Three years ago, the Detroit Tigers were the talk of baseball.
Not in a good way, though.
In 2003, the Tigers flirted with infamy, posting a 43-119 record while finishing 47 games out of first place. They challenged, and came up just short, in matching the 1962 New York Mets for baseball's worst record of the past 50 years.
Those Tigers were filled with fresh faces, and in many cases, they didn't belong in the big leagues. The next two seasons they improved but couldn't surpass the 72-win mark. Mixed in with all of those lumps, however, was promise.
"They suffered through some years with some good young kids," Orioles manager Sam Perlozzo said. "We talked about it last year. I felt like they were on the verge of turning things around if they could add a couple of quality players."
In the past three offseasons, the Tigers have added veteran free agents with risks attached to their resumes. There's catcher Ivan Rodriguez (durability), outfielder Magglio Ordonez (injuries), pitchers Kenny Rogers (irascibility) and Todd Jones (age).
Now, just three years removed from embarrassment, the Tigers are being talked about again. After last night's 6-3 win over the Orioles at Camden Yards, the Tigers have the second-highest winning percentage (.618) in the American League, trailing only the defending World Series champion Chicago White Sox.
"We are playing great ball, and everything is great," Bonderman said. "But it's still too early in the season to get too excited about it."
With three consecutive losses before last night, the Tigers had encountered just their second streak of three or more straight losses this season. Manager Jim Leyland is not worried that his team will revert to its struggling ways of the past.
"There's no losing culture here anymore. I can guarantee you that ... " Leyland said before last night's game. "There's no losing attitude and no one here ... pouting around."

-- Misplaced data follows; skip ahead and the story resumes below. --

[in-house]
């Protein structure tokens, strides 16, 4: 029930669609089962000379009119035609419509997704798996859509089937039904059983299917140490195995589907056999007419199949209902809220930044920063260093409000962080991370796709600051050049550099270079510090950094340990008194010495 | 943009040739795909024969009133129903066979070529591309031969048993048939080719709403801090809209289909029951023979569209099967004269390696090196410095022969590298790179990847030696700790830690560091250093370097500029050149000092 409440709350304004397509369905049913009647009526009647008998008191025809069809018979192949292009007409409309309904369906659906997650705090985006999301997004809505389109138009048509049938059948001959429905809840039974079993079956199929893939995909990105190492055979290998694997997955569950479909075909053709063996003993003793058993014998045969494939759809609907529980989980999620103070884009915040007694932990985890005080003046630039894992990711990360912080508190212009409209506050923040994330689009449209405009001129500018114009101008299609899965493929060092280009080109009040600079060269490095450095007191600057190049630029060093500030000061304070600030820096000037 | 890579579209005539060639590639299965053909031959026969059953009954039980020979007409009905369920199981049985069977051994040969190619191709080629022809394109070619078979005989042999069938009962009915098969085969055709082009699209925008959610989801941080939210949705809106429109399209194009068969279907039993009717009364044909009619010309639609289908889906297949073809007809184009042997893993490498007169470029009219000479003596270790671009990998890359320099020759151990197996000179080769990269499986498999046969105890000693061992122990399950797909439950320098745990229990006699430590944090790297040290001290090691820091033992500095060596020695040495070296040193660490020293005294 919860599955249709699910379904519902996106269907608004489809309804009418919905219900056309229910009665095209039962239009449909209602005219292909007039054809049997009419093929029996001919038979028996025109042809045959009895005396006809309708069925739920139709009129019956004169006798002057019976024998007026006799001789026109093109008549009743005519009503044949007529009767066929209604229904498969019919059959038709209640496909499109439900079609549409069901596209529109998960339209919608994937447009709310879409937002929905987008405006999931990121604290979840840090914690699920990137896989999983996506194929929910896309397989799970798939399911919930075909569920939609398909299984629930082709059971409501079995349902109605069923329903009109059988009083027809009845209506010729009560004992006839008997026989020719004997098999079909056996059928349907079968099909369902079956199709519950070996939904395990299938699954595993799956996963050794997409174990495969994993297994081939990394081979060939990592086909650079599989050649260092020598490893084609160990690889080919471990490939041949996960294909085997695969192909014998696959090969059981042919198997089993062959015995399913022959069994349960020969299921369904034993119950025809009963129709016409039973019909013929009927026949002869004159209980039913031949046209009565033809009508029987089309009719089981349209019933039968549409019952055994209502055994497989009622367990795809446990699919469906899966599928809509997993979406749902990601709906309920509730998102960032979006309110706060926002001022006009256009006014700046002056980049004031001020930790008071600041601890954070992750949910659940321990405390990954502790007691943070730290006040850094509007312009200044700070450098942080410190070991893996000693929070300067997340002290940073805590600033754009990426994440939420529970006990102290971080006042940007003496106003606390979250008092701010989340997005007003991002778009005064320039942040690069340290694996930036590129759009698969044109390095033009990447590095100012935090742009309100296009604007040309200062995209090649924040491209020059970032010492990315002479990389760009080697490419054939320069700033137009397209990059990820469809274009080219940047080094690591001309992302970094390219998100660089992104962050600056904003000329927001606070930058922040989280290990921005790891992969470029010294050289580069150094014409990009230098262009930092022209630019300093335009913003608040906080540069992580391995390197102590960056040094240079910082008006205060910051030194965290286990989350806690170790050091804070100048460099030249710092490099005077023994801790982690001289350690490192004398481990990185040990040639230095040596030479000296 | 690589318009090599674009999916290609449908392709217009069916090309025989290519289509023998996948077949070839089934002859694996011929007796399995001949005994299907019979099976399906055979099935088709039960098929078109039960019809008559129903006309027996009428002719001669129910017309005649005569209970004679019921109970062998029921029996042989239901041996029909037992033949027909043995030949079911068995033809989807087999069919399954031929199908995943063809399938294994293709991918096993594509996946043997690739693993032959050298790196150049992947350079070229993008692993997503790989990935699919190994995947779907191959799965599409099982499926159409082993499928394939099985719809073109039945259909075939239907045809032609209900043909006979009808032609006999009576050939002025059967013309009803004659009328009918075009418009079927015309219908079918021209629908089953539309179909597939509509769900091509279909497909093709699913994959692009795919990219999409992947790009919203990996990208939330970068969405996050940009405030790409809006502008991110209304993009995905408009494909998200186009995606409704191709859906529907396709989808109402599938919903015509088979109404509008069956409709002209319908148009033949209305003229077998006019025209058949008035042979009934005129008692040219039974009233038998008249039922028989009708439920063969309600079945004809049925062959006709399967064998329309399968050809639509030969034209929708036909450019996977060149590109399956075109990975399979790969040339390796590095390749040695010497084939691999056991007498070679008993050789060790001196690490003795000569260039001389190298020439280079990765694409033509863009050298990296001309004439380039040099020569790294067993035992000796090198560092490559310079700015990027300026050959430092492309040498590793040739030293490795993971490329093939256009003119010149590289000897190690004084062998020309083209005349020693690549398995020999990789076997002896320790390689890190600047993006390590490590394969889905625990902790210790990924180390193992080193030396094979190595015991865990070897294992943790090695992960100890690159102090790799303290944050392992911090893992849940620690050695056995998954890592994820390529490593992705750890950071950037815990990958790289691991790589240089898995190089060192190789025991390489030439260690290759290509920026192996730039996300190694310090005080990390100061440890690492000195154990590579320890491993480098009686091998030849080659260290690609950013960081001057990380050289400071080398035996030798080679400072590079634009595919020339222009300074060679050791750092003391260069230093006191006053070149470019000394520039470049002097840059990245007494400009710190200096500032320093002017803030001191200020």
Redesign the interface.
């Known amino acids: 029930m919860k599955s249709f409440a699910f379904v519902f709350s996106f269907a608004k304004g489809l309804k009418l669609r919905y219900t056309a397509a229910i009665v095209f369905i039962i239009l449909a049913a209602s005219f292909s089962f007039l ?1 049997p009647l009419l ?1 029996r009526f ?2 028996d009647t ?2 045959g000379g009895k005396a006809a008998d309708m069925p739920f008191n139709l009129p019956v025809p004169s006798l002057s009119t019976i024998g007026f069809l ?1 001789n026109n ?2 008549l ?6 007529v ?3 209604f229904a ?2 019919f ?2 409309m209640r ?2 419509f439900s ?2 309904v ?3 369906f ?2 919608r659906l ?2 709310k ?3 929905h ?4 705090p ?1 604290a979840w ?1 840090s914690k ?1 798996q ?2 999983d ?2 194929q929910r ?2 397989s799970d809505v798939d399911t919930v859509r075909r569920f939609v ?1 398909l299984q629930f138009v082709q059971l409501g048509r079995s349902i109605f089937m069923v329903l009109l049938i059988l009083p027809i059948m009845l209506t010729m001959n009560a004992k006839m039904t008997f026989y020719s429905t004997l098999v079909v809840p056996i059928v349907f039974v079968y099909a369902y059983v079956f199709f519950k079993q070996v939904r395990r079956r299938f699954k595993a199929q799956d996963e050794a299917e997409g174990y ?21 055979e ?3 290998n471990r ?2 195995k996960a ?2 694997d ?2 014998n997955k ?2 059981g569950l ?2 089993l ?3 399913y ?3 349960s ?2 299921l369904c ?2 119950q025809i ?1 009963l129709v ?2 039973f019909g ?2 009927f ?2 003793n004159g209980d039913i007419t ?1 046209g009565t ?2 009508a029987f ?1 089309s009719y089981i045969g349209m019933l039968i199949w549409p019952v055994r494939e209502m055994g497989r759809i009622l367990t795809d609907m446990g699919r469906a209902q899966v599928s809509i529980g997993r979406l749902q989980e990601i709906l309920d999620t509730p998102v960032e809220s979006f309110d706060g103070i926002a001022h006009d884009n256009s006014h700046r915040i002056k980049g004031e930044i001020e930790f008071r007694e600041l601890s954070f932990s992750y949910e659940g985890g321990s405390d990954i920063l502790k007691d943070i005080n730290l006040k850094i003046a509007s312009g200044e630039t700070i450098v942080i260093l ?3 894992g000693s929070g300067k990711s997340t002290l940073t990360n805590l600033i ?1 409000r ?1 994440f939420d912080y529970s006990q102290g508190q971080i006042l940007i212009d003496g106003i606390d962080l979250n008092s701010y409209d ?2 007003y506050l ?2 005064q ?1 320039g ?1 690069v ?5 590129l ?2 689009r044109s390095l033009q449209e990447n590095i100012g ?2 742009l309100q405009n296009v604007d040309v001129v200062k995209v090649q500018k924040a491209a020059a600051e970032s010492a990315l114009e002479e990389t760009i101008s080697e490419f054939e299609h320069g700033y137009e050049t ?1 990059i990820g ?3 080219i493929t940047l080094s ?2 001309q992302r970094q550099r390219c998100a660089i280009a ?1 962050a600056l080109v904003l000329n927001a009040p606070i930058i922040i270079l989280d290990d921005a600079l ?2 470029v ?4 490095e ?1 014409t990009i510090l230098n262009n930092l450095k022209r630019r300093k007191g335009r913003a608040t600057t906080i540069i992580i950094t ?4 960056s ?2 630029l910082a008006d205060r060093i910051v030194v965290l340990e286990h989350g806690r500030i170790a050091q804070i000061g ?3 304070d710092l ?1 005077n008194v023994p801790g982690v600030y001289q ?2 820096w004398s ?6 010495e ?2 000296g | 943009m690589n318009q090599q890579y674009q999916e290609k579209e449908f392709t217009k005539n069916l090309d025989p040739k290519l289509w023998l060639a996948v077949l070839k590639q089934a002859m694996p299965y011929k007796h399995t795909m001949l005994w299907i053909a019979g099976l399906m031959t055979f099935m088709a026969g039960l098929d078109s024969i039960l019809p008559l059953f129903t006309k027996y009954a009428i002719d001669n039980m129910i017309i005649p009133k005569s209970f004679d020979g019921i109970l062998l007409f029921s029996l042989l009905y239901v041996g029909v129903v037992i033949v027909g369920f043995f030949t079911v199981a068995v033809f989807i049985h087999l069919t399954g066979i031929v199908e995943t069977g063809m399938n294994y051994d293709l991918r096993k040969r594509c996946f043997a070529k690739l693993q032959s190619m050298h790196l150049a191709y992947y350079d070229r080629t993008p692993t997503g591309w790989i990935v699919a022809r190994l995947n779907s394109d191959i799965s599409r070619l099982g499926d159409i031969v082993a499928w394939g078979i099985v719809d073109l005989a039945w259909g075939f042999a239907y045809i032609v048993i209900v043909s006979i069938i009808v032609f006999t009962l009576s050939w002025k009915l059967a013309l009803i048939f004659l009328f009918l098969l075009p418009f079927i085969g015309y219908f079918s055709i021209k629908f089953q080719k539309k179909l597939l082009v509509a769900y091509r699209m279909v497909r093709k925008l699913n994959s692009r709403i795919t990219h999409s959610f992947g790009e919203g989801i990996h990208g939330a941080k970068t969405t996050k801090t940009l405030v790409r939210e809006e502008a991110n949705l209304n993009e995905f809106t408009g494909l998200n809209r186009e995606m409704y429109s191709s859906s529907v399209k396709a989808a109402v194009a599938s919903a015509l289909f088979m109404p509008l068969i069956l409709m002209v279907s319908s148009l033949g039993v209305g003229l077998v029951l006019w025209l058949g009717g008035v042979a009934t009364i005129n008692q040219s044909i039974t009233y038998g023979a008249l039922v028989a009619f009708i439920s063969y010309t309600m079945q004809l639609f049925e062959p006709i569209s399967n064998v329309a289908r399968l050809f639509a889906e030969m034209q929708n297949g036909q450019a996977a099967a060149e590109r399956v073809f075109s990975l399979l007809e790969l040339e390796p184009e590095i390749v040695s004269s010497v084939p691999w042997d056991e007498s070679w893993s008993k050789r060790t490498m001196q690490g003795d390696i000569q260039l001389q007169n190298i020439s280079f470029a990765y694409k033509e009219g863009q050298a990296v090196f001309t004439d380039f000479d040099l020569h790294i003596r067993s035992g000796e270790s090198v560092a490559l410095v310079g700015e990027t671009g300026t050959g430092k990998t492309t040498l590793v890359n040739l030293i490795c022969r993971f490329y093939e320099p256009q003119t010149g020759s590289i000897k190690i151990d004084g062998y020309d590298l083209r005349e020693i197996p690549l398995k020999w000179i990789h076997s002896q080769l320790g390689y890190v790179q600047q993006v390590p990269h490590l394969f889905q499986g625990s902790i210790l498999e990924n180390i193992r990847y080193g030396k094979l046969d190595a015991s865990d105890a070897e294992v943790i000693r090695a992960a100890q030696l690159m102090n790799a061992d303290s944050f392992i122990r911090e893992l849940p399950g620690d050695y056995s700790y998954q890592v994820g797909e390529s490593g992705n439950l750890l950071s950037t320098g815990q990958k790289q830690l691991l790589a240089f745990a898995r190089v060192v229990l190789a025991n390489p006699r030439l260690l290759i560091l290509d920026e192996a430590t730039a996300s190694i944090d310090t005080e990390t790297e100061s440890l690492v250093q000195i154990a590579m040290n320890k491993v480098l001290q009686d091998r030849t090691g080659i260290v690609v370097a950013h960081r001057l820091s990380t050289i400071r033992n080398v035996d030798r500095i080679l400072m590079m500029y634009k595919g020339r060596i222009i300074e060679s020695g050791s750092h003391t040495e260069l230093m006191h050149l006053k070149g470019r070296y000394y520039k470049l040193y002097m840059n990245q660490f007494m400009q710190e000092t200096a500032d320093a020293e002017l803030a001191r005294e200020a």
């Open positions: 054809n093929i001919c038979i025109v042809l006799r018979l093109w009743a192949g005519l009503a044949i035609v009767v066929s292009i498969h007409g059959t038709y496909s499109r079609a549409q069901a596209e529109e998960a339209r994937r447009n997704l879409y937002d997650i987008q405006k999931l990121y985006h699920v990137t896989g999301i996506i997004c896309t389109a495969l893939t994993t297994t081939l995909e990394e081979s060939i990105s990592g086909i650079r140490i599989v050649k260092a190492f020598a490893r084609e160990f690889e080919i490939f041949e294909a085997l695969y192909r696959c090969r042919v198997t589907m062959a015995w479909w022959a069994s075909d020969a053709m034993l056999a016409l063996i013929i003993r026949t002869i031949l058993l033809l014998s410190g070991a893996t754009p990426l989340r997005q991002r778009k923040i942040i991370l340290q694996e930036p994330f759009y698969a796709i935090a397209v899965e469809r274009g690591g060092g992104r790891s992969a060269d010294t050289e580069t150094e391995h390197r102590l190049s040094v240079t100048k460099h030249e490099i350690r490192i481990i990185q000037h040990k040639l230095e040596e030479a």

If there is a discernible change in the Tigers' mind-set, it's come from Leyland, the Marlboro-smoking, gravelly voiced career manager who hasn't been on a big league bench since a one-year, fifth-place stint with the Colorado Rockies in 1999.
"I know he is going to deny it, but I think 95 percent of [the credit] goes to Jim Leyland," said Hall of Fame player and Baltimore native Al Kaline, a special assistant to Tigers president Dave Dombrowski. "From Day One in spring training, [Leyland] stressed that this has been a bad ballclub, there's been a reason for it and we have to change that. ... To a man in here, they know what he has brought to the table."
True to form, Leyland downplays his involvement in the quick start. He singles out Dombrowski, who was Florida's general manager when Leyland led the Marlins to the 1997 World Series title. And he also credits the Tigers players, including a surprising pitching staff that leads the majors in ERA.
"We have pitched pretty good. That's always the answer," Leyland said. "That will be the same in October as it is in April and May."
Three Tigers entered yesterday in the top 11 in league ERA, including 41-year-old left-hander Rogers, a 195-game winner who is best known for shoving two television cameramen last June.
Rogers was signed to a two-year, $16 million contract this offseason to anchor the Tigers' young staff. He has pitched well - and provided leadership.
"I think Kenny has rubbed off on a lot of us already," Bonderman said. "Little things like how to change games, how to play defense on the mound, where to pitch guys and not worrying about the other stuff going around you."
It all adds up to a club with increasing confidence in the tough American League Central. It's a long season, however. And, as the Orioles showed last year, a fast start doesn't always translate into a successful season. So these Tigers are keeping perspective after 12 consecutive losing seasons.
"The talent is definitely there, the chemistry's there," Granderson said. "If we are still sitting in this situation come September, then I will probably look back at it a little more. But I think as soon as you start to step too far ahead of where we are right now, we will automatically stunt ourselves."